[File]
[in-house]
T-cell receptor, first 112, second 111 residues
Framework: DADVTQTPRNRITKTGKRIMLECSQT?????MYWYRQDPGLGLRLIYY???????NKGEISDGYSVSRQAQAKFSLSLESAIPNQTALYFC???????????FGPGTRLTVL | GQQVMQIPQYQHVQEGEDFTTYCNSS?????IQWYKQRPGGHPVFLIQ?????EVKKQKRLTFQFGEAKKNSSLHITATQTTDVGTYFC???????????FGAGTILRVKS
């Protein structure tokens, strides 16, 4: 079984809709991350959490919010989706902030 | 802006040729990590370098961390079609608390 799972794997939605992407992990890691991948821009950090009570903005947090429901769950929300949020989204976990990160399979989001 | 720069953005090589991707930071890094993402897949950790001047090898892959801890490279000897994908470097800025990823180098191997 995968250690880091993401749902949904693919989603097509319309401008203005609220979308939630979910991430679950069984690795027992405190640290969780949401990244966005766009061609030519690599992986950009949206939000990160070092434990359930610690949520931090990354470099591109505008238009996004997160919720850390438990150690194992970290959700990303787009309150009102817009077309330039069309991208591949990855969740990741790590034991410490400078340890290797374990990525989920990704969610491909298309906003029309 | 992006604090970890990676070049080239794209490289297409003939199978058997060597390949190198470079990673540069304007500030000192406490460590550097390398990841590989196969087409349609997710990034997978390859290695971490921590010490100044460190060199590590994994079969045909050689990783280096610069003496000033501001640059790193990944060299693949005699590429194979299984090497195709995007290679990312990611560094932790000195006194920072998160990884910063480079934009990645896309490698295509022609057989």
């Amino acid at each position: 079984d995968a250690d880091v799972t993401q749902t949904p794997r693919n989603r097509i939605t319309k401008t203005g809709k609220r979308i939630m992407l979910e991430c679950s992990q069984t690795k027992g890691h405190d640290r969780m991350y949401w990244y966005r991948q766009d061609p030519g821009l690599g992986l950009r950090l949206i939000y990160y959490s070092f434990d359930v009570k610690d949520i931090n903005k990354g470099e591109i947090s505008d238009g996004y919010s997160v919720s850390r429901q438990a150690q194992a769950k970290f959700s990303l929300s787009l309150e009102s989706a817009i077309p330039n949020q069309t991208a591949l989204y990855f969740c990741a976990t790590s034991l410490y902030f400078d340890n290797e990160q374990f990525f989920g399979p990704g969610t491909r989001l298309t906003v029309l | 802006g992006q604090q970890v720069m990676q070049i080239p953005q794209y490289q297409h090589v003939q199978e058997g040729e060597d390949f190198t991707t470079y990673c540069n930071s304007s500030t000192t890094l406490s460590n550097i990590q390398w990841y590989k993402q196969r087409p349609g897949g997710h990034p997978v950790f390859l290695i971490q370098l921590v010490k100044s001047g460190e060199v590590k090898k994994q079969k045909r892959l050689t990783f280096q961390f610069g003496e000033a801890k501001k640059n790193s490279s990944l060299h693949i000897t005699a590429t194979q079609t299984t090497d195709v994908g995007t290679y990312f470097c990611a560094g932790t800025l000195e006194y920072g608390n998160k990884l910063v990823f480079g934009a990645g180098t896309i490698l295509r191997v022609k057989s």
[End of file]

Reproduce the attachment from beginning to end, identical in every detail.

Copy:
[in-house]
T-cell receptor, first 112, second 111 residues
Framework: DADVTQTPRNRITKTGKRIMLECSQT?????MYWYRQDPGLGLRLIYY???????NKGEISDGYSVSRQAQAKFSLSLESAIPNQTALYFC???????????FGPGTRLTVL | GQQVMQIPQYQHVQEGEDFTTYCNSS?????IQWYKQRPGGHPVFLIQ?????EVKKQKRLTFQFGEAKKNSSLHITATQTTDVGTYFC???????????FGAGTILRVKS
């Protein structure tokens, strides 16, 4: 079984809709991350959490919010989706902030 | 802006040729990590370098961390079609608390 799972794997939605992407992990890691991948821009950090009570903005947090429901769950929300949020989204976990990160399979989001 | 720069953005090589991707930071890094993402897949950790001047090898892959801890490279000897994908470097800025990823180098191997 995968250690880091993401749902949904693919989603097509319309401008203005609220979308939630979910991430679950069984690795027992405190640290969780949401990244966005766009061609030519690599992986950009949206939000990160070092434990359930610690949520931090990354470099591109505008238009996004997160919720850390438990150690194992970290959700990303787009309150009102817009077309330039069309991208591949990855969740990741790590034991410490400078340890290797374990990525989920990704969610491909298309906003029309 | 992006604090970890990676070049080239794209490289297409003939199978058997060597390949190198470079990673540069304007500030000192406490460590550097390398990841590989196969087409349609997710990034997978390859290695971490921590010490100044460190060199590590994994079969045909050689990783280096610069003496000033501001640059790193990944060299693949005699590429194979299984090497195709995007290679990312990611560094932790000195006194920072998160990884910063480079934009990645896309490698295509022609057989």
């Amino acid at each position: 079984d995968a250690d880091v799972t993401q749902t949904p794997r693919n989603r097509i939605t319309k401008t203005g809709k609220r979308i939630m992407l979910e991430c679950s992990q069984t690795k027992g890691h405190d640290r969780m991350y949401w990244y966005r991948q766009d061609p030519g821009l690599g992986l950009r950090l949206i939000y990160y959490s070092f434990d359930v009570k610690d949520i931090n903005k990354g470099e591109i947090s505008d238009g996004y919010s997160v919720s850390r429901q438990a150690q194992a769950k970290f959700s990303l929300s787009l309150e009102s989706a817009i077309p330039n949020q069309t991208a591949l989204y990855f969740c990741a976990t790590s034991l410490y902030f400078d340890n290797e990160q374990f990525f989920g399979p990704g969610t491909r989001l298309t906003v029309l | 802006g992006q604090q970890v720069m990676q070049i080239p953005q794209y490289q297409h090589v003939q199978e058997g040729e060597d390949f190198t991707t470079y990673c540069n930071s304007s500030t000192t890094l406490s460590n550097i990590q390398w990841y590989k993402q196969r087409p349609g897949g997710h990034p997978v950790f390859l290695i971490q370098l921590v010490k100044s001047g460190e060199v590590k090898k994994q079969k045909r892959l050689t990783f280096q961390f610069g003496e000033a801890k501001k640059n790193s490279s990944l060299h693949i000897t005699a590429t194979q079609t299984t090497d195709v994908g995007t290679y990312f470097c990611a560094g932790t800025l000195e006194y920072g608390n998160k990884l910063v990823f480079g934009a990645g180098t896309i490698l295509r191997v022609k057989s």